1. Determine the basis of the property: The basis of a property is the amount of money you paid in cash, through a mortgage, or some other financial vehicle to acquire the property. Settlement fees and closing costs can be included in the basis of the property. 
  2. Separate the cost of land and buildings: When calculating property depreciation, you’ll need to separate the cost of land and physical real estate. Land isn’t a depreciable asset, because it doesn’t have a determinable useful life, but rather an indefinite useful life. In other words, it never gets used up. You’ll need to subtract the cost of land from the value of the actual property.
  3. Determine your basis in the home: Once you’ve completed the first two steps, you’ll be able to determine your basis in the home. This includes the basis of the property plus any improvements you've made to the property since acquiring it. This is the number you can depreciate from your total annual rental income.

What is a qualified business deduction?

When working with a real estate accountant, they may suggest taking advantage of a qualified business income deduction, also known as the pass-through deduction or Section 199A deduction. The QBI deduction allows for an additional deduction of 20% after standard deductions and property depreciation are accounted for.

The rules for this deduction tend to be complex and require the assistance of a certified CPA with real estate tax knowledge. It's always best to calculate rental income tax with an experienced tax professional to maximize your rental income tax savings.

How much rental income tax do I need to pay in 2024?

Taxes paid in April 2024 will be based on 2023 tax brackets. The tax bracket that applies to you will depend on how you choose to file; however, most property owners file as single filers.

Here are the 2023 tax brackets for single filers:

  • If taxable income is not over $11,000, your tax liability is 10%.
  • If taxable income is between $11,001 and $44,725, your tax liability is $1,100 plus 12% of the excess over $11,000.
  • If taxable income is between $44,726 and $95,375, your tax liability is $5,147 plus 22% of the excess over $44,725.
  • If taxable income is between $95,376 and $182,100, your tax liability is $16,290 plus 24% of the excess over $95,375.
  • If taxable income is between $182,101 and $231,250, your tax liability is $37,104 plus 32% of the excess over $182,100.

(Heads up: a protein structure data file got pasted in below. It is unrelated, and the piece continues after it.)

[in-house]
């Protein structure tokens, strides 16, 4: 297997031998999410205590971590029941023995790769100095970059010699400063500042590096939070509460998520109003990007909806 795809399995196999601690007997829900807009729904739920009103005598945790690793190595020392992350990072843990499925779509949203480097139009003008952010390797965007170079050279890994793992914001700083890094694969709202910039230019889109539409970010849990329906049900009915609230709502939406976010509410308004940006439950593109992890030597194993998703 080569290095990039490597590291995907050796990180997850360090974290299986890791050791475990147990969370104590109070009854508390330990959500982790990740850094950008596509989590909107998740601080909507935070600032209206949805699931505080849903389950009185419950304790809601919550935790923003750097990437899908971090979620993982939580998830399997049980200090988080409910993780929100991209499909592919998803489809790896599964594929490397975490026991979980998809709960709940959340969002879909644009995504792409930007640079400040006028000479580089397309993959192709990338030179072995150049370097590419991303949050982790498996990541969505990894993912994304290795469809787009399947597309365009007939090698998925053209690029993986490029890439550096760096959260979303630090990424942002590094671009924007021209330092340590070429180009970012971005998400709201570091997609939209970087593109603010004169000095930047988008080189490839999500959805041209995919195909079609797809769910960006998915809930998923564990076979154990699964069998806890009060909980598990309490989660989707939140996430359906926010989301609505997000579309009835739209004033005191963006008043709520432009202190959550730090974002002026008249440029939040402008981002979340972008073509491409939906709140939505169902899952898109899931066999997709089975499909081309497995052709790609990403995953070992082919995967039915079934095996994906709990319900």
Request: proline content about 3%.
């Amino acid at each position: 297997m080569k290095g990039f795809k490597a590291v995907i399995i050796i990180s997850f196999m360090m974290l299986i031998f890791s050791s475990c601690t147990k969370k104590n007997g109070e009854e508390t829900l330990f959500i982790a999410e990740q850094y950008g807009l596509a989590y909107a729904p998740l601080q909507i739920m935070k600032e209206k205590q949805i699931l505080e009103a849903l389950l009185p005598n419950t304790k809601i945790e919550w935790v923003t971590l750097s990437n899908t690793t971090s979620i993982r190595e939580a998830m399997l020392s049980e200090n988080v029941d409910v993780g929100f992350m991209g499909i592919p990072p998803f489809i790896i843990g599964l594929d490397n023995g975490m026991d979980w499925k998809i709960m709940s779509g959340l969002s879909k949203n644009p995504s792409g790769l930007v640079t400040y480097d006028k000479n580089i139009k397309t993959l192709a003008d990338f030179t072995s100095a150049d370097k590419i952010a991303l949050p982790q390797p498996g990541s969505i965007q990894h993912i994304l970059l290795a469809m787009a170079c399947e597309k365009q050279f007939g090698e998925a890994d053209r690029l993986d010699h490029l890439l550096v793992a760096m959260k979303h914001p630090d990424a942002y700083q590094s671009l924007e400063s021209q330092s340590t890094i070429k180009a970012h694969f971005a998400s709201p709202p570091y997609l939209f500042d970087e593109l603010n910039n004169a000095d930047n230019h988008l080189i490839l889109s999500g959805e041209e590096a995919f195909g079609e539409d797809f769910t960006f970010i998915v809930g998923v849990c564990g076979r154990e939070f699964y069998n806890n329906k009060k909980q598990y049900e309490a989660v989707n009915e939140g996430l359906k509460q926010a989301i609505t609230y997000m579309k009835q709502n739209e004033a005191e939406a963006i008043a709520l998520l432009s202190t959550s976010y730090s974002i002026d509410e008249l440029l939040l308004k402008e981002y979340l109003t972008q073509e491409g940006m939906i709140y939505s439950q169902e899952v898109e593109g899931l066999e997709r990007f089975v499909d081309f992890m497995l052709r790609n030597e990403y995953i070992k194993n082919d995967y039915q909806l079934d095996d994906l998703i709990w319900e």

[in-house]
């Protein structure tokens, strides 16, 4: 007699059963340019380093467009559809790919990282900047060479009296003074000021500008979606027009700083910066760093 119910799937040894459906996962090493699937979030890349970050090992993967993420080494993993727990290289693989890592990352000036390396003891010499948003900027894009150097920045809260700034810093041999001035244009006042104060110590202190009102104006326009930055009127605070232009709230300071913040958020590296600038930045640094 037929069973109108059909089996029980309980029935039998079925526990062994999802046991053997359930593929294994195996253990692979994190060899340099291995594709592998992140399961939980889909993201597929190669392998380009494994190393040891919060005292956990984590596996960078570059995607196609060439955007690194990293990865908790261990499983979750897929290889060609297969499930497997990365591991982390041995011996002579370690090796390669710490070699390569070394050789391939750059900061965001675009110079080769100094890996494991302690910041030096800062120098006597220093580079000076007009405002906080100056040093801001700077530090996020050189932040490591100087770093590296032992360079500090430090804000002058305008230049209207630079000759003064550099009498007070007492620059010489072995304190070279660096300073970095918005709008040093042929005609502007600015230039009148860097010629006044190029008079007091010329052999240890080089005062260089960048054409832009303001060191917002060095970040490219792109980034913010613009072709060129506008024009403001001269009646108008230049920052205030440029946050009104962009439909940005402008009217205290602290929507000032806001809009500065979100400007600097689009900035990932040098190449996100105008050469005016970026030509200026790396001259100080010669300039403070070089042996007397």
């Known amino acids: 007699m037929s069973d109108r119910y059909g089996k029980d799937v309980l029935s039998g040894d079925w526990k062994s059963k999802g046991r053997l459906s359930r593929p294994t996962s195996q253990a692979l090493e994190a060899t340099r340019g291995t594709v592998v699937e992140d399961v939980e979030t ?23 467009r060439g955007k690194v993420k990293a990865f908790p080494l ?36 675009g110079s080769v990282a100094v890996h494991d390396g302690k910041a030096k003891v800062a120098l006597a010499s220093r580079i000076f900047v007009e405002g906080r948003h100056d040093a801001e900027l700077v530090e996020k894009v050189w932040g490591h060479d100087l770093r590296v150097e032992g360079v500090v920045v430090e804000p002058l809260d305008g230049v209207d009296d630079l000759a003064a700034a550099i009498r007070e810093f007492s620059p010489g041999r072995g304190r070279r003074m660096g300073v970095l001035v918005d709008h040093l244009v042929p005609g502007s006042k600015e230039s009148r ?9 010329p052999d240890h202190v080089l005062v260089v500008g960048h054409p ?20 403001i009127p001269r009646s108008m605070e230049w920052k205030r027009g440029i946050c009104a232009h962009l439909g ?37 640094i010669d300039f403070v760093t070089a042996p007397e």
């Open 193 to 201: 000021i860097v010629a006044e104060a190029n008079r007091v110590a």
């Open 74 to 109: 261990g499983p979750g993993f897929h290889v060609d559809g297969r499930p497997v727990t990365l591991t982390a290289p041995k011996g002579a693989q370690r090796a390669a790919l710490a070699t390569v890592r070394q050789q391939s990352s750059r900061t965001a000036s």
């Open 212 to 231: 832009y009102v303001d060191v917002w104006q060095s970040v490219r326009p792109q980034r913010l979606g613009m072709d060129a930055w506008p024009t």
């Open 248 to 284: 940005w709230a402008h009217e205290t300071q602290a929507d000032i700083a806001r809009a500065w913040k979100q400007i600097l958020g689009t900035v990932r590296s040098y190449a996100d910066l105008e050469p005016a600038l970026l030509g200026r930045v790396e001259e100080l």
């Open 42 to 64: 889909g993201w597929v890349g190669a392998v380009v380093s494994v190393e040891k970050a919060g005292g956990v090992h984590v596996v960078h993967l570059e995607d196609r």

• If your taxable income is between $231,251 and $578,125, your tax liability is $52,832 plus 35% of the excess over $231,250.
  • If your taxable income is over $578,125, your tax liability is $174,238.25 plus 37% of the excess over $578,125.

How do you report rental income to the IRS?

Now that you’re aware of the three major ways to save on rental income tax, you should know how to report it. Reporting rental income requires real estate investors to submit Form 1040 and Schedule E documentation.

Form 1040 is a basic income tax form applicable to anyone filing federal taxes. Schedule E is a supplemental form applicable to property owners that reveals total income, expenses, and depreciation for each rental property in a real estate investor’s possession.

Depending on the number of properties you have in your portfolio, you’ll need to submit multiple Schedule E forms. Every real estate investor will need to submit at least one of each.

The bottom line on rental income tax

Investing in residential rental property can be a lucrative investment that generates consistent, passive income streams. However, as your rental income grows, so does your tax liability. This makes it crucial for real estate investors to understand how rental income tax works and what they can do to minimize their taxable income.

The IRS acknowledges that owning real estate can be expensive, which is why they allow property owners to claim several deductions. Deductions lower your taxable income, which puts you in a lower tax bracket. You're therefore responsible for paying less taxes on the rental income you generate.

Some deductions are easy to calculate, while others require specific real estate tax knowledge. Consult with a real estate tax professional to make sure you're taking advantage of all deductions available to you.

Nichole Stohler

Nichole co-founded Gateway Private Equity Group, with a history of investments in single-family and multi-family properties, and now a specialization in hotel real estate investments. She is also the creator of NicsGuide.com, a blog dedicated to real estate investing.